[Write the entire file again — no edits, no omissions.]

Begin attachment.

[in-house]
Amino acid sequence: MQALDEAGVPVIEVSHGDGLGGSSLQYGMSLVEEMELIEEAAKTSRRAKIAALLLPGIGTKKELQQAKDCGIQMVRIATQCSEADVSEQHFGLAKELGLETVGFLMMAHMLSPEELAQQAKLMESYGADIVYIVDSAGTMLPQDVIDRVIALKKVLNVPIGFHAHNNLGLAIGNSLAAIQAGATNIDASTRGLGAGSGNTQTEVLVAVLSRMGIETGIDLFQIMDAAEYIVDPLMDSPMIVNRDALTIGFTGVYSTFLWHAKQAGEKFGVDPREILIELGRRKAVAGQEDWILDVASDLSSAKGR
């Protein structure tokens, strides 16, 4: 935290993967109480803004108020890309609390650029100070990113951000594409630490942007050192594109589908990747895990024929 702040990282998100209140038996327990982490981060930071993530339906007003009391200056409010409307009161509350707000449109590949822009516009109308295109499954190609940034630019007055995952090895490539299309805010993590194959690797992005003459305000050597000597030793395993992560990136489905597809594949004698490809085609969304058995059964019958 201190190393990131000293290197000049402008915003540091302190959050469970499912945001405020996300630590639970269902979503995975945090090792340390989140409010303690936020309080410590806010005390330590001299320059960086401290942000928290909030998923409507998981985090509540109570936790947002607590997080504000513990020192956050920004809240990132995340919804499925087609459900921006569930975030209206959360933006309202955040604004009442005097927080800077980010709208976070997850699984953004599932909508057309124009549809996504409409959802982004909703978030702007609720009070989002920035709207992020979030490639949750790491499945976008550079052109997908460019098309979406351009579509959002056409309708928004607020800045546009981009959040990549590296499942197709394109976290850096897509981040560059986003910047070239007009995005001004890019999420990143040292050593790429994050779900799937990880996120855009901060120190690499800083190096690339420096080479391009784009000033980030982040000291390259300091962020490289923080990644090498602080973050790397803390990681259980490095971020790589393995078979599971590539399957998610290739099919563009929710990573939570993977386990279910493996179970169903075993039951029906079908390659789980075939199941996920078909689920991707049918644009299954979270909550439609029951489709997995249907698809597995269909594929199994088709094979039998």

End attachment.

[in-house]
Amino acid sequence: MQALDEAGVPVIEVSHGDGLGGSSLQYGMSLVEEMELIEEAAKTSRRAKIAALLLPGIGTKKELQQAKDCGIQMVRIATQCSEADVSEQHFGLAKELGLETVGFLMMAHMLSPEELAQQAKLMESYGADIVYIVDSAGTMLPQDVIDRVIALKKVLNVPIGFHAHNNLGLAIGNSLAAIQAGATNIDASTRGLGAGSGNTQTEVLVAVLSRMGIETGIDLFQIMDAAEYIVDPLMDSPMIVNRDALTIGFTGVYSTFLWHAKQAGEKFGVDPREILIELGRRKAVAGQEDWILDVASDLSSAKGR
């Protein structure tokens, strides 16, 4: 935290993967109480803004108020890309609390650029100070990113951000594409630490942007050192594109589908990747895990024929 702040990282998100209140038996327990982490981060930071993530339906007003009391200056409010409307009161509350707000449109590949822009516009109308295109499954190609940034630019007055995952090895490539299309805010993590194959690797992005003459305000050597000597030793395993992560990136489905597809594949004698490809085609969304058995059964019958 201190190393990131000293290197000049402008915003540091302190959050469970499912945001405020996300630590639970269902979503995975945090090792340390989140409010303690936020309080410590806010005390330590001299320059960086401290942000928290909030998923409507998981985090509540109570936790947002607590997080504000513990020192956050920004809240990132995340919804499925087609459900921006569930975030209206959360933006309202955040604004009442005097927080800077980010709208976070997850699984953004599932909508057309124009549809996504409409959802982004909703978030702007609720009070989002920035709207992020979030490639949750790491499945976008550079052109997908460019098309979406351009579509959002056409309708928004607020800045546009981009959040990549590296499942197709394109976290850096897509981040560059986003910047070239007009995005001004890019999420990143040292050593790429994050779900799937990880996120855009901060120190690499800083190096690339420096080479391009784009000033980030982040000291390259300091962020490289923080990644090498602080973050790397803390990681259980490095971020790589393995078979599971590539399957998610290739099919563009929710990573939570993977386990279910493996179970169903075993039951029906079908390659789980075939199941996920078909689920991707049918644009299954979270909550439609029951489709997995249907698809597995269909594929199994088709094979039998």